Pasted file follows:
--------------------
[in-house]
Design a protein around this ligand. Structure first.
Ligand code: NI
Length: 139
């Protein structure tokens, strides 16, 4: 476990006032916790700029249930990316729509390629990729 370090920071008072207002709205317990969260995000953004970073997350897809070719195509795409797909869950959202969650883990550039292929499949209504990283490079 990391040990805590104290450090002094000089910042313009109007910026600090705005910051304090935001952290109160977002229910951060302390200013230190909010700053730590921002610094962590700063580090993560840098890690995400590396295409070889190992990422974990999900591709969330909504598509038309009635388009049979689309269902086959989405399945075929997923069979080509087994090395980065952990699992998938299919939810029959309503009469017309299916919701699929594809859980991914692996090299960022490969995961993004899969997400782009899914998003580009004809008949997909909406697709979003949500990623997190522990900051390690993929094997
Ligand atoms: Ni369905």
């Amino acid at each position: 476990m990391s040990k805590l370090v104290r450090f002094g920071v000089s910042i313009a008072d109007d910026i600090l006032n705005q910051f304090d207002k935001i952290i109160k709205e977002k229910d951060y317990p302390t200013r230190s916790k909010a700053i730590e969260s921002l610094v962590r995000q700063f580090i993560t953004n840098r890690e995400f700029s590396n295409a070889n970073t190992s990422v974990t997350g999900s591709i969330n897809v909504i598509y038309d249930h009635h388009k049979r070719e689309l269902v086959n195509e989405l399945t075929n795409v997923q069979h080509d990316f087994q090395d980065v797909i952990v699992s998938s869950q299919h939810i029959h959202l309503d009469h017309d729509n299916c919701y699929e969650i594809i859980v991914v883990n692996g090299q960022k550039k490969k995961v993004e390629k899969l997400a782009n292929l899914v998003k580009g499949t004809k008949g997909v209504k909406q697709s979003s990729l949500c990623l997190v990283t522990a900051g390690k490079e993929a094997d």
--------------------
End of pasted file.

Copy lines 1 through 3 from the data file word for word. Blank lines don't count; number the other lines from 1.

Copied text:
[in-house]
Design a protein around this ligand. Structure first.
Ligand code: NI